“A club would employ three DJs,” he says. “You would get the opening guy, the headliner, and then somebody to close. After that, it kind of diminished because now the club could only afford two DJs. I just saw friends of mine no longer being able to work after that.”
A developer, Ben Carter, started buying out long-term leases in the area — including Tongue & Groove’s — in 2007. Carter announced five high-end fashion boutiques, two restaurants, and two hotels in a billion-dollar Streets of Buckhead mixed use development, helping the Buckhead Alliance fulfill their goals to clean up the area. Mayor Shirley Franklin said at Carter’s ceremony celebrating the ground breaking that she was excited “to bring Milan and New York to Buckhead,” and called the development “the resurgence of Atlanta.”
Because of the market crash in 2008, Carter’s project failed, but developer OliverMcMillan finished the renovation, creating Atlanta’s own Rodeo Drive after purchasing the project in 2011.
“You know, the 30327 is the priciest zip code in the state, or in the Southeast,” Krohngold says. “Looking back, I can see how an area of some sleazy bars could be perceived as a black eye in what is the nicest part of the city, and that’s the way I think the city looked at it. Ultimately, could there have been a little bit of a compromise? To me, that’s probably what should have happened.”
Dupri echoes Krohngold: “Now it’s 100 percent the Beverly Hills of Atlanta.”
Today, Atlanta’s party scene is spread across Buckhead, Virginia Highlands, East Atlanta, The Battery, Sandy Springs, and more.
For the week of Super Bowl LIII, the city passed legislation so everybody could stay open until 4 a.m. Some are hopeful that there will be nights reminiscent of the best of old Buckhead, but that may be wishful thinking.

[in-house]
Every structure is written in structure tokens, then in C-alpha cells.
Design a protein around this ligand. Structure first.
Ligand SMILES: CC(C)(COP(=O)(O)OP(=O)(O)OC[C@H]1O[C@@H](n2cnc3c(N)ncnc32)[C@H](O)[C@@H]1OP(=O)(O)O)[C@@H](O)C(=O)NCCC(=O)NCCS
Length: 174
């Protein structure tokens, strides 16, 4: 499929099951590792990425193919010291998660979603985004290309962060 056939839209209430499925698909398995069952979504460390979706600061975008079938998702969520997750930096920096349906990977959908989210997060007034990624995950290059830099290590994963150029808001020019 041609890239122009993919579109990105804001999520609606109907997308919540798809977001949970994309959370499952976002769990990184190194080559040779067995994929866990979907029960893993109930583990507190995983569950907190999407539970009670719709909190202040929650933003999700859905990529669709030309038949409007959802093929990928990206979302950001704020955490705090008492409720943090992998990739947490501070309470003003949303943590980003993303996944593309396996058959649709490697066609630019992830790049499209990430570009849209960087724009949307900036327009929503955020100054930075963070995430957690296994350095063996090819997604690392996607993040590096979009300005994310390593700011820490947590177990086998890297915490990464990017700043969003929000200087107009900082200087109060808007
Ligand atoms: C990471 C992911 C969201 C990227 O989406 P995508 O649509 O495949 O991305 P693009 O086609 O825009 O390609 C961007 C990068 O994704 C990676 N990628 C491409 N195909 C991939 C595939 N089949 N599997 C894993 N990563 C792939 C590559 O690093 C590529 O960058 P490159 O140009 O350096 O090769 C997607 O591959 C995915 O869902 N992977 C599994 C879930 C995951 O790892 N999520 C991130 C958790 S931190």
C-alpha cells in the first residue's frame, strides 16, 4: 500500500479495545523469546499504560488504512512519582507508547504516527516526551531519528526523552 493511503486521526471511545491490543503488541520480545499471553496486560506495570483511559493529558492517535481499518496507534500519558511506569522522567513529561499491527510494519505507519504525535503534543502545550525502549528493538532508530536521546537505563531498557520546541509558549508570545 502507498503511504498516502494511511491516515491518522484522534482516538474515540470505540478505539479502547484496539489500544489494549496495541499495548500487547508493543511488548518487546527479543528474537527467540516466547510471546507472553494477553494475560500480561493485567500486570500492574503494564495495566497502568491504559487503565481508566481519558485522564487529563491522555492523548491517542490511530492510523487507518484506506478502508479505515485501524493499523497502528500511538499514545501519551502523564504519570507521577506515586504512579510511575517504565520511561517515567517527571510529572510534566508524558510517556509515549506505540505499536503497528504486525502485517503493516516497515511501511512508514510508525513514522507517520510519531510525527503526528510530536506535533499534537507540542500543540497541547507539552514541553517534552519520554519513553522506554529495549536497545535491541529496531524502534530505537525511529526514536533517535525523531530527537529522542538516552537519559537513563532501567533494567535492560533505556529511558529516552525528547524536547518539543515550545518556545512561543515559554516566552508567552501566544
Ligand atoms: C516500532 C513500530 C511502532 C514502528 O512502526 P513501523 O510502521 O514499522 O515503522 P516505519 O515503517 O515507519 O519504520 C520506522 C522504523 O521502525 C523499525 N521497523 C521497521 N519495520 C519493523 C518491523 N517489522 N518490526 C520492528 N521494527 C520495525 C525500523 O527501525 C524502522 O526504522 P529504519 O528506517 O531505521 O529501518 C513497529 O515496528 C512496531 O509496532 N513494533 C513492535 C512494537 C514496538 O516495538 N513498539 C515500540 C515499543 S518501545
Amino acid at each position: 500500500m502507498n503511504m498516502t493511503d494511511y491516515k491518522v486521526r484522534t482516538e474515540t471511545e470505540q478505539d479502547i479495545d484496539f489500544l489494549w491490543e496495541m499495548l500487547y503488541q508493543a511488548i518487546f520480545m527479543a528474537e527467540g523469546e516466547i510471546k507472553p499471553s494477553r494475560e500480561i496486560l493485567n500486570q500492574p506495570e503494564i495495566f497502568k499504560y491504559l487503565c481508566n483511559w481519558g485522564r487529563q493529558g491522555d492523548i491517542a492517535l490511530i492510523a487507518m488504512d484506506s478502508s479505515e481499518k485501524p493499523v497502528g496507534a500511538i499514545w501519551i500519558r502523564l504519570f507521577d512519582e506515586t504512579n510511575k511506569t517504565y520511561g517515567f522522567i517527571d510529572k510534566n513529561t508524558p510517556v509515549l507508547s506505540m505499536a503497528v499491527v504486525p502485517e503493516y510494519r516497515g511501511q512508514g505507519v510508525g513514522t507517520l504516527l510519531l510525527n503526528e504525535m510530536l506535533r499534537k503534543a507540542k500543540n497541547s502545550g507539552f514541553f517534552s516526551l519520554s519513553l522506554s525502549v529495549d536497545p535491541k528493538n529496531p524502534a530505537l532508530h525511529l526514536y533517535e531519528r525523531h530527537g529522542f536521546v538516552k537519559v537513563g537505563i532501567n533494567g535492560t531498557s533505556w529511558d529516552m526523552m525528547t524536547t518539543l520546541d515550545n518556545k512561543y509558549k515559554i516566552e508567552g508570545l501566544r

The culture inside Atlanta clubs has changed since then, too. “Now, it’s more bottle service and celebrity driven,” DJ Mars says. “Before — let’s say in the ‘90s — there were celebrity parties. But before celebs came to the club. Now, celebs are paid to be at the club, and that’s a different mentality. So before, if you saw Puff in the club, you saw him, you appreciated him.
“The party was the dance floor,” DJ Mars adds. “That’s gone, for the most part, in Atlanta. It’s gone. No longer exists.”
Still, Atlanta’s nightlife manages to pull people into the city, even if it isn’t the same sort of pull that it was two decades ago.
“Every time five people visit, two of them stay,” Pha says. “It’s just how it feels. You see people that you saw that were out-of-towners, and you see them a year later and they be like, ‘Oh man, I live over there on the south side!’
“I still love Buckhead,” Pha adds, “but it’s just different.”